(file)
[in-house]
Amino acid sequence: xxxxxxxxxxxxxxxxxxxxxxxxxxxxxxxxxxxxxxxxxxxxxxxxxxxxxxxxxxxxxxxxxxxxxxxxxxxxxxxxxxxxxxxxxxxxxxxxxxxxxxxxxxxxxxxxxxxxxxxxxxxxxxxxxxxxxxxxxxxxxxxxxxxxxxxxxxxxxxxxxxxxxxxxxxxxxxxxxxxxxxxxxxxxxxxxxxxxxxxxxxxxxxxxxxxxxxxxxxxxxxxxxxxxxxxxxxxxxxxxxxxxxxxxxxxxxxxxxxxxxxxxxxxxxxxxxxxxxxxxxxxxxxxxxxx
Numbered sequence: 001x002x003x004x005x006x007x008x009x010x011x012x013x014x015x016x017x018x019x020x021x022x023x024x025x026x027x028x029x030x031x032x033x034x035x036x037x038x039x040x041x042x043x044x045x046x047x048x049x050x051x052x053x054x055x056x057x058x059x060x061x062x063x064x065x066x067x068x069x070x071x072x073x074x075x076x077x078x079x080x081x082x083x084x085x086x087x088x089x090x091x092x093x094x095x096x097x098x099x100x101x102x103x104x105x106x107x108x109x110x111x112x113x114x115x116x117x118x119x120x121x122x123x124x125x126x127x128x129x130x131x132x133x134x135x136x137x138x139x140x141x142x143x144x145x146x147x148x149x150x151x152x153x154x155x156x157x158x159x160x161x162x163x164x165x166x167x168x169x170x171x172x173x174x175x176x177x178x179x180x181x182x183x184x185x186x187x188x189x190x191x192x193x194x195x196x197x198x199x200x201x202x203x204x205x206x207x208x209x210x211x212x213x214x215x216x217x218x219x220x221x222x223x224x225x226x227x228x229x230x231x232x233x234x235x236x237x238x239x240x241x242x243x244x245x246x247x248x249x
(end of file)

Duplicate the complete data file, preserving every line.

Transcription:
[in-house]
Amino acid sequence: xxxxxxxxxxxxxxxxxxxxxxxxxxxxxxxxxxxxxxxxxxxxxxxxxxxxxxxxxxxxxxxxxxxxxxxxxxxxxxxxxxxxxxxxxxxxxxxxxxxxxxxxxxxxxxxxxxxxxxxxxxxxxxxxxxxxxxxxxxxxxxxxxxxxxxxxxxxxxxxxxxxxxxxxxxxxxxxxxxxxxxxxxxxxxxxxxxxxxxxxxxxxxxxxxxxxxxxxxxxxxxxxxxxxxxxxxxxxxxxxxxxxxxxxxxxxxxxxxxxxxxxxxxxxxxxxxxxxxxxxxxxxxxxxxxx
Numbered sequence: 001x002x003x004x005x006x007x008x009x010x011x012x013x014x015x016x017x018x019x020x021x022x023x024x025x026x027x028x029x030x031x032x033x034x035x036x037x038x039x040x041x042x043x044x045x046x047x048x049x050x051x052x053x054x055x056x057x058x059x060x061x062x063x064x065x066x067x068x069x070x071x072x073x074x075x076x077x078x079x080x081x082x083x084x085x086x087x088x089x090x091x092x093x094x095x096x097x098x099x100x101x102x103x104x105x106x107x108x109x110x111x112x113x114x115x116x117x118x119x120x121x122x123x124x125x126x127x128x129x130x131x132x133x134x135x136x137x138x139x140x141x142x143x144x145x146x147x148x149x150x151x152x153x154x155x156x157x158x159x160x161x162x163x164x165x166x167x168x169x170x171x172x173x174x175x176x177x178x179x180x181x182x183x184x185x186x187x188x189x190x191x192x193x194x195x196x197x198x199x200x201x202x203x204x205x206x207x208x209x210x211x212x213x214x215x216x217x218x219x220x221x222x223x224x225x226x227x228x229x230x231x232x233x234x235x236x237x238x239x240x241x242x243x244x245x246x247x248x249x